Digital, big data and compliance turn spotlight on master data management

John Leonard
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 A place for everything and everything in its place
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A place for everything and everything in its place

Data-driven business needs clean and accurate data

Master data management is a Cinderella subject, essential in data-driven organisations yet woefully under-appreciated. Long the province of back office wonks, in recent years MDM has become more of a concern for the wider business as the imperatives of customer experience and compliance take centre stage.

MDM is a discipline rather than a problem to be ‘solutionised', nevertheless there are plenty of tools on the market to help with the task of discovering, categorising, labelling and managing the organisation's core data.

Companies like SAP and Oracle, whose products centre on their enterprise databases, are well placed to offer their customers MDM tools that can round up master data from across those applications and maintain it in a central repository. They are joined by third-party solutions from the likes of Informatica, Tibco and Talend which have a background in middleware and integration, and a newer generation of cloud-first vendors.

A single source of the truth

Master data is the core data without which the organisation could not operate. Depending on the sector, this might include customer details, supplier information, patient records, part numbers, location data and the like - but not transactional and other transient data.

Master data might be slower moving than transactional data but it may still need updating in real-time. Most MDM solutions provide tools to automate this and to allow administrators to monitor and configure systems. As MDM has moved out of the server room and into the business so the tools have had to change to make them easier to use by data stewards and chief data officers who may be business people first, technologists second - if at all - so most now include interactive dashboards and other graphical elements.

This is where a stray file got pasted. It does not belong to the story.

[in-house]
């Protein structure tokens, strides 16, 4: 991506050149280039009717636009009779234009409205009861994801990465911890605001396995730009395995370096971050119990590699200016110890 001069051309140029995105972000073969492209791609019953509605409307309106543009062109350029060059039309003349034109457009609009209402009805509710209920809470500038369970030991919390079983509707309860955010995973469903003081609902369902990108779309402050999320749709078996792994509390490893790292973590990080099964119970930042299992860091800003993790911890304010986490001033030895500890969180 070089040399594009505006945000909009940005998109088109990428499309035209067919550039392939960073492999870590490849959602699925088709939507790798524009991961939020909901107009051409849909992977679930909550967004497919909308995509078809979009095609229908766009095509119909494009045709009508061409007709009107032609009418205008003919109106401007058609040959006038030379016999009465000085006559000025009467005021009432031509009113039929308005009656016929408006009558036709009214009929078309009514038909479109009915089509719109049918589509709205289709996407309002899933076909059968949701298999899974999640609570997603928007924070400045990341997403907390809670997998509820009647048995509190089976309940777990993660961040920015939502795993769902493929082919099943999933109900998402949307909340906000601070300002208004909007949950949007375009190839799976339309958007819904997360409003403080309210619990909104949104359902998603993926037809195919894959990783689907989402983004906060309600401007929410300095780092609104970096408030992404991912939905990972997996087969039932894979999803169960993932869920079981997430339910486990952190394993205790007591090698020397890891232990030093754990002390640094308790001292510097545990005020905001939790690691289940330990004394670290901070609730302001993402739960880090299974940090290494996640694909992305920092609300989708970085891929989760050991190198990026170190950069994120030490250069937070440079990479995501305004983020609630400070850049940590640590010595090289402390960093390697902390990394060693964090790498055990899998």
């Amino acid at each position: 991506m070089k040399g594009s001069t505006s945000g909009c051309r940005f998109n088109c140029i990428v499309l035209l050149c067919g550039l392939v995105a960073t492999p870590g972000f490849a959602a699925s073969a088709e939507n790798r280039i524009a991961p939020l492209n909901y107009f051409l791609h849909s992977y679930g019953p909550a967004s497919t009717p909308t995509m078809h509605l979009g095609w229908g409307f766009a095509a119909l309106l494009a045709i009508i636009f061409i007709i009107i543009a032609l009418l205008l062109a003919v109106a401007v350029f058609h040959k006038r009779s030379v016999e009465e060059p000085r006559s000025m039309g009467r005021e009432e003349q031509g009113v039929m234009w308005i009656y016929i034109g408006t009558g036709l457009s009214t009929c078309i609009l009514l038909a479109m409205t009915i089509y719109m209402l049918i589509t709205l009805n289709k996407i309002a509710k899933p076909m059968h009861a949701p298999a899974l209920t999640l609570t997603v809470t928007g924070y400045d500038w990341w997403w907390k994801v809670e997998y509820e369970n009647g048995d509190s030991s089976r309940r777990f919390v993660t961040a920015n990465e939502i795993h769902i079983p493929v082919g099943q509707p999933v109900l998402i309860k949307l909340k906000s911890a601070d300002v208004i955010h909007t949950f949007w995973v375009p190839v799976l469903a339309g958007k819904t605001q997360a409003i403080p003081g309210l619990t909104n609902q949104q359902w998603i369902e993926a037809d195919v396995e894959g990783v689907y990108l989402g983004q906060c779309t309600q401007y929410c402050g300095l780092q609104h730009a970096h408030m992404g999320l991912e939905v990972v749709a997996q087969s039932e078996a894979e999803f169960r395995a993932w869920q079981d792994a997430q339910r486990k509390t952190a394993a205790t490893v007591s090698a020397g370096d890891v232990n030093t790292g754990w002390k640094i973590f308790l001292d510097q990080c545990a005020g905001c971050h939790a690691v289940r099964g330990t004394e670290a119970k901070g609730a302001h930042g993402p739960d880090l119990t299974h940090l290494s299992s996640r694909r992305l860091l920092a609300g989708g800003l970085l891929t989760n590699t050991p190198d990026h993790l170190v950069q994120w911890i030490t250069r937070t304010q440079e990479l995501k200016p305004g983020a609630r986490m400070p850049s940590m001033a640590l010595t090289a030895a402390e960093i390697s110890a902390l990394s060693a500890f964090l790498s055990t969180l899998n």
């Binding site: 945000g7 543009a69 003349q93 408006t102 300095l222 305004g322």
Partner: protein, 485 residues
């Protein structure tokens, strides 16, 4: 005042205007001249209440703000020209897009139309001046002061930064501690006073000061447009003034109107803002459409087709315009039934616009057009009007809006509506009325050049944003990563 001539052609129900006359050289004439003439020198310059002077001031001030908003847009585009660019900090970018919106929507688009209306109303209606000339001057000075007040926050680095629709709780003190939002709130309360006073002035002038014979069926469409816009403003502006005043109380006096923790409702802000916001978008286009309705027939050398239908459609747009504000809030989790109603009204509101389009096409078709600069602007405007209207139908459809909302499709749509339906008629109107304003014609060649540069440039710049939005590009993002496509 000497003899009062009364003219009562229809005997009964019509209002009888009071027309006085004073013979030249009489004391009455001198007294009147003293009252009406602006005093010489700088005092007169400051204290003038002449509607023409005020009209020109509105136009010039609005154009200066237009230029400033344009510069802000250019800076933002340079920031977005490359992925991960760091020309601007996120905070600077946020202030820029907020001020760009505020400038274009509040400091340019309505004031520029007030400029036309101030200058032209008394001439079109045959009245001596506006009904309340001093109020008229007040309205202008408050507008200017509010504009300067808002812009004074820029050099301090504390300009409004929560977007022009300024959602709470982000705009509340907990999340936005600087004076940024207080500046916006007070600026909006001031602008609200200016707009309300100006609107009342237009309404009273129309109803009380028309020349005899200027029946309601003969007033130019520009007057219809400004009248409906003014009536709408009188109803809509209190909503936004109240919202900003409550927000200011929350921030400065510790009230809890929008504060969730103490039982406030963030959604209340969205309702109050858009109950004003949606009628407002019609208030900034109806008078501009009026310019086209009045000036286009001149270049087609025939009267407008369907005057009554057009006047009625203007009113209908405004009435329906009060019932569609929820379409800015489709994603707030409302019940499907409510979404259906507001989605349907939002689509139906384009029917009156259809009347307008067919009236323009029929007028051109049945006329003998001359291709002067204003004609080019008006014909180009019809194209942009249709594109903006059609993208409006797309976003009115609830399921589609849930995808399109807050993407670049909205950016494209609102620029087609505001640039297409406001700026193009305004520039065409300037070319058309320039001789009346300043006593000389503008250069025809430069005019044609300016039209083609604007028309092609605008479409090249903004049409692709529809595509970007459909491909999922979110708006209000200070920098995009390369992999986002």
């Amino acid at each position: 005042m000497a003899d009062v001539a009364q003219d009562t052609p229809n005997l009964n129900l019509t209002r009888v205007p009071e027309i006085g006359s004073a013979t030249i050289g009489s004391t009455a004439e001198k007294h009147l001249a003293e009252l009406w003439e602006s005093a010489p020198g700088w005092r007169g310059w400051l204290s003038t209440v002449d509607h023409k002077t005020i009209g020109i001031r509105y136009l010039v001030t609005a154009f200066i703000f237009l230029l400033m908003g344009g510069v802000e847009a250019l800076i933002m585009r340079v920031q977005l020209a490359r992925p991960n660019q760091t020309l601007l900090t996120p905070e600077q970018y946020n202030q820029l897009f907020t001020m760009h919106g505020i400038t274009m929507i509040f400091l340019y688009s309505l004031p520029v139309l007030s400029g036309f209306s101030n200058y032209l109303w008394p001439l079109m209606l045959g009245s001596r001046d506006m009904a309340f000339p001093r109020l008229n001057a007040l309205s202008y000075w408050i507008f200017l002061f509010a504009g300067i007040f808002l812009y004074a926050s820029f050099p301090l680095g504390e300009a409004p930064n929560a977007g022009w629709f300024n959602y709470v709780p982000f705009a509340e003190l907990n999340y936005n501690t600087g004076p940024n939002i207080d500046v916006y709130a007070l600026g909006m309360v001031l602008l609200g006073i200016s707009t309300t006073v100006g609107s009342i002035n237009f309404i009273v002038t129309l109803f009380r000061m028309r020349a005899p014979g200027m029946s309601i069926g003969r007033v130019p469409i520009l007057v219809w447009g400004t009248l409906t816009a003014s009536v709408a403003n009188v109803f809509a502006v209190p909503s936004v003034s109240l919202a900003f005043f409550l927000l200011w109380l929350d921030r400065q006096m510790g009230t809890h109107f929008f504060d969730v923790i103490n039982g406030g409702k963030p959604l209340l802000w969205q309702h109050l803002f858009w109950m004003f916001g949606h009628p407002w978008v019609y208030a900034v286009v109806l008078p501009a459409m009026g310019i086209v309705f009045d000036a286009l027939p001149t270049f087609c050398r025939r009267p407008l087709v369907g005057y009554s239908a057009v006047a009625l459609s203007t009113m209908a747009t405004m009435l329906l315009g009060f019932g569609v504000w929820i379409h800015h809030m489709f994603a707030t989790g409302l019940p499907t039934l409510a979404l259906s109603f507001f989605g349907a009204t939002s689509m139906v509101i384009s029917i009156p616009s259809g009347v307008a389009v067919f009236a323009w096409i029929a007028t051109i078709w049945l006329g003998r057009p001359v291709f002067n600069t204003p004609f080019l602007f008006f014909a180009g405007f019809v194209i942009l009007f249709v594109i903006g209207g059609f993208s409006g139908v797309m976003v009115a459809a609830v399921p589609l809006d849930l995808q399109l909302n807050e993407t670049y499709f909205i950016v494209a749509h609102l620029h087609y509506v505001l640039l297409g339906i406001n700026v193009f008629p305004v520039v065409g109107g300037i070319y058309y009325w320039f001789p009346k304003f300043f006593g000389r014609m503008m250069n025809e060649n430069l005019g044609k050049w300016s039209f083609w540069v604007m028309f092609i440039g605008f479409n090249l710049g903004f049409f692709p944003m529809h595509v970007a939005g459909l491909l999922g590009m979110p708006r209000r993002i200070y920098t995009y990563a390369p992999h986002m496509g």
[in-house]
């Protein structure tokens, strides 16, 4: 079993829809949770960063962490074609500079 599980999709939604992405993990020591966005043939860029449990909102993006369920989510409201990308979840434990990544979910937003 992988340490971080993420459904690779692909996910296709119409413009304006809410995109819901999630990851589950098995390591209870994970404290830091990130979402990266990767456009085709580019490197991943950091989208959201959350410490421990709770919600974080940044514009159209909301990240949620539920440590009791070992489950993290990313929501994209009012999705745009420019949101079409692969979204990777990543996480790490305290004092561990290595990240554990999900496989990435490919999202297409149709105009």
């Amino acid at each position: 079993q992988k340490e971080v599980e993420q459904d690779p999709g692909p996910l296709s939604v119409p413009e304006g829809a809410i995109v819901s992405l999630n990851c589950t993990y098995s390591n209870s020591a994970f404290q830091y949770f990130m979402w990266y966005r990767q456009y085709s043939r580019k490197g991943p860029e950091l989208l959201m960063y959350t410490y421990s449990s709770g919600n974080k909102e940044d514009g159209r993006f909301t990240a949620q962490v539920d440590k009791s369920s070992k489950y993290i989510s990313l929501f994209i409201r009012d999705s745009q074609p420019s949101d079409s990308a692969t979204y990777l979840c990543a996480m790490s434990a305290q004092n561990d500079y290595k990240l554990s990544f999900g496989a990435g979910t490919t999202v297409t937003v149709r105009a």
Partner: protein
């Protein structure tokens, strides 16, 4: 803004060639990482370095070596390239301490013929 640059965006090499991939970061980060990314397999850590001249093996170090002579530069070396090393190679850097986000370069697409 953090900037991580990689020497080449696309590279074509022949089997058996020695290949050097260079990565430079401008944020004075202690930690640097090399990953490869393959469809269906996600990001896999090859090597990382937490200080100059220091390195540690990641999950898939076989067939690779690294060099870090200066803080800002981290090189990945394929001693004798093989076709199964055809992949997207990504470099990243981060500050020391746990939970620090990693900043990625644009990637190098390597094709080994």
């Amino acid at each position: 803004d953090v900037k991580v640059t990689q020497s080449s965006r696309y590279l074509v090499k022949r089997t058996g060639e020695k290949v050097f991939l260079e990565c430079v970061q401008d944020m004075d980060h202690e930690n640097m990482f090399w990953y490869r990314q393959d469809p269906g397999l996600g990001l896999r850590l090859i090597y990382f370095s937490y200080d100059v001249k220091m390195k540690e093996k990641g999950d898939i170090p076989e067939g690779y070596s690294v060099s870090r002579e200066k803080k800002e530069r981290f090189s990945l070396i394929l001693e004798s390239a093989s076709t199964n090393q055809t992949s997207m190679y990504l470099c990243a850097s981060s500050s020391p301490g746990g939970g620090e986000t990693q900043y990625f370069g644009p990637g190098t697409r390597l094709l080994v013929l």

MDM platforms typically revolve around a hub, with tools capable of importing data in multiple different formats from various sources and sorting it into staging tables.

The staged data is then mapped to domain attributes (Customer, Product, Supplier, etc), after which it is cleaned, deduplicated and standardised according to business rules and then enriched, tagged with metadata and stored. The data may be versioned for audit - and to allow the user to track back through time to see what has been changed and by whom. This auditing capability is helpful for compliance and may also provide the basis for enterprise information management efforts.

The end result of these activities should be a repository of clean, accurate, current and complete core data which can reliably act as a single source of the truth for planners, strategists, sales and marketing, auditors and enterprise applications.

Features of a typical MDM system

Repository
The repository defines the structure of the master data using pre- and user-defined attributes.

Attributes
Attributes define the structure of a repository. They may be pre-defined or bespoke.

Attribute groups
These are logical groupings of similar attributes.

Business rules
Rules governing the validity of the data from a certain domain - for example, the format of an email address.

Authentication and authorisation
As well as credential-based authentication, most MDM solutions come with role-based security conditions for particular business domains and use cases.

GUI
Data stewards are likely to be non-technical so an intuitive UI is increasingly important.

Data publish tools / Web services
Master data is made available to other applications via web services and/or data publishing tools. Web services are pull-based, whereas data publishing tools push data automatically to subscribers.

Data quality tools
Data quality tools profile, cleanse, deduplicate, validate, standardise and mask data and may include monitoring capabilities to check data quality over time. These tools are often built into MDM solutions, or they may be available as add-ons.

A Computing research study for Delta found the top three triggers for implementing a MDM project were first, a need to increase efficiency; joint second, the demands of big data and a requirement to manage data complexity; and third, GDPR.

The business goals were standardising data, synchronising data across applications, and a drive to introduce better data governance policies and permissioned access.

An in depth analysis of the MDM market including the leading, tier-2 and up-and-coming vendors is available on the Delta market intelligence service.

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